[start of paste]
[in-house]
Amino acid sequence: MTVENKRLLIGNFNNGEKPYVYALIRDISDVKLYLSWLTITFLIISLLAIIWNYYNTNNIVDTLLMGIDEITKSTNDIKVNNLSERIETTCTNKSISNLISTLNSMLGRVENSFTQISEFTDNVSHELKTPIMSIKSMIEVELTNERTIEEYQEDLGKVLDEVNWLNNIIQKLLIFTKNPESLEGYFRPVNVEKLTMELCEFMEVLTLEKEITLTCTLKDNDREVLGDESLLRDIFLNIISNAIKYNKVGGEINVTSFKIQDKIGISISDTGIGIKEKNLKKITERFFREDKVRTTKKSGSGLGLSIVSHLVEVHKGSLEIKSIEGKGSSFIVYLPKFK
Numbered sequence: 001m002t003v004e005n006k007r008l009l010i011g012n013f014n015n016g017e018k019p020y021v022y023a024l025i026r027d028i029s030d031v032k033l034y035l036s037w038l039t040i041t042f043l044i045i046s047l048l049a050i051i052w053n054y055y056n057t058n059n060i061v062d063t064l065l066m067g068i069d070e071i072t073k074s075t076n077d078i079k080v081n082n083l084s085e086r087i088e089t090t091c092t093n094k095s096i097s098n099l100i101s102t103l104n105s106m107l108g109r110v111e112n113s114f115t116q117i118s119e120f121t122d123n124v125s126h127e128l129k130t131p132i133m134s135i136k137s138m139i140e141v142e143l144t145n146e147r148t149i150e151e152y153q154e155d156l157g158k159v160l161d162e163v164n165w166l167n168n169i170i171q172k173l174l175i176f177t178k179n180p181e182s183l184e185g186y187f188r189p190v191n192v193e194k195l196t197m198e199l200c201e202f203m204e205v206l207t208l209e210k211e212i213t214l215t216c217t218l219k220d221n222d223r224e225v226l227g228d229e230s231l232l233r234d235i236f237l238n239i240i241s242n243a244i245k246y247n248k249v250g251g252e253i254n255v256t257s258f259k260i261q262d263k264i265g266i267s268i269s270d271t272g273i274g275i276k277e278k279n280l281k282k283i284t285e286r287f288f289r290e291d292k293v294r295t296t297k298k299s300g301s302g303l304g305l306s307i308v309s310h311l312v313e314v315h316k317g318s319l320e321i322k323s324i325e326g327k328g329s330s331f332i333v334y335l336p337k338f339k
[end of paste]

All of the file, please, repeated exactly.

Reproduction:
[in-house]
Amino acid sequence: MTVENKRLLIGNFNNGEKPYVYALIRDISDVKLYLSWLTITFLIISLLAIIWNYYNTNNIVDTLLMGIDEITKSTNDIKVNNLSERIETTCTNKSISNLISTLNSMLGRVENSFTQISEFTDNVSHELKTPIMSIKSMIEVELTNERTIEEYQEDLGKVLDEVNWLNNIIQKLLIFTKNPESLEGYFRPVNVEKLTMELCEFMEVLTLEKEITLTCTLKDNDREVLGDESLLRDIFLNIISNAIKYNKVGGEINVTSFKIQDKIGISISDTGIGIKEKNLKKITERFFREDKVRTTKKSGSGLGLSIVSHLVEVHKGSLEIKSIEGKGSSFIVYLPKFK
Numbered sequence: 001m002t003v004e005n006k007r008l009l010i011g012n013f014n015n016g017e018k019p020y021v022y023a024l025i026r027d028i029s030d031v032k033l034y035l036s037w038l039t040i041t042f043l044i045i046s047l048l049a050i051i052w053n054y055y056n057t058n059n060i061v062d063t064l065l066m067g068i069d070e071i072t073k074s075t076n077d078i079k080v081n082n083l084s085e086r087i088e089t090t091c092t093n094k095s096i097s098n099l100i101s102t103l104n105s106m107l108g109r110v111e112n113s114f115t116q117i118s119e120f121t122d123n124v125s126h127e128l129k130t131p132i133m134s135i136k137s138m139i140e141v142e143l144t145n146e147r148t149i150e151e152y153q154e155d156l157g158k159v160l161d162e163v164n165w166l167n168n169i170i171q172k173l174l175i176f177t178k179n180p181e182s183l184e185g186y187f188r189p190v191n192v193e194k195l196t197m198e199l200c201e202f203m204e205v206l207t208l209e210k211e212i213t214l215t216c217t218l219k220d221n222d223r224e225v226l227g228d229e230s231l232l233r234d235i236f237l238n239i240i241s242n243a244i245k246y247n248k249v250g251g252e253i254n255v256t257s258f259k260i261q262d263k264i265g266i267s268i269s270d271t272g273i274g275i276k277e278k279n280l281k282k283i284t285e286r287f288f289r290e291d292k293v294r295t296t297k298k299s300g301s302g303l304g305l306s307i308v309s310h311l312v313e314v315h316k317g318s319l320e321i322k323s324i325e326g327k328g329s330s331f332i333v334y335l336p337k338f339k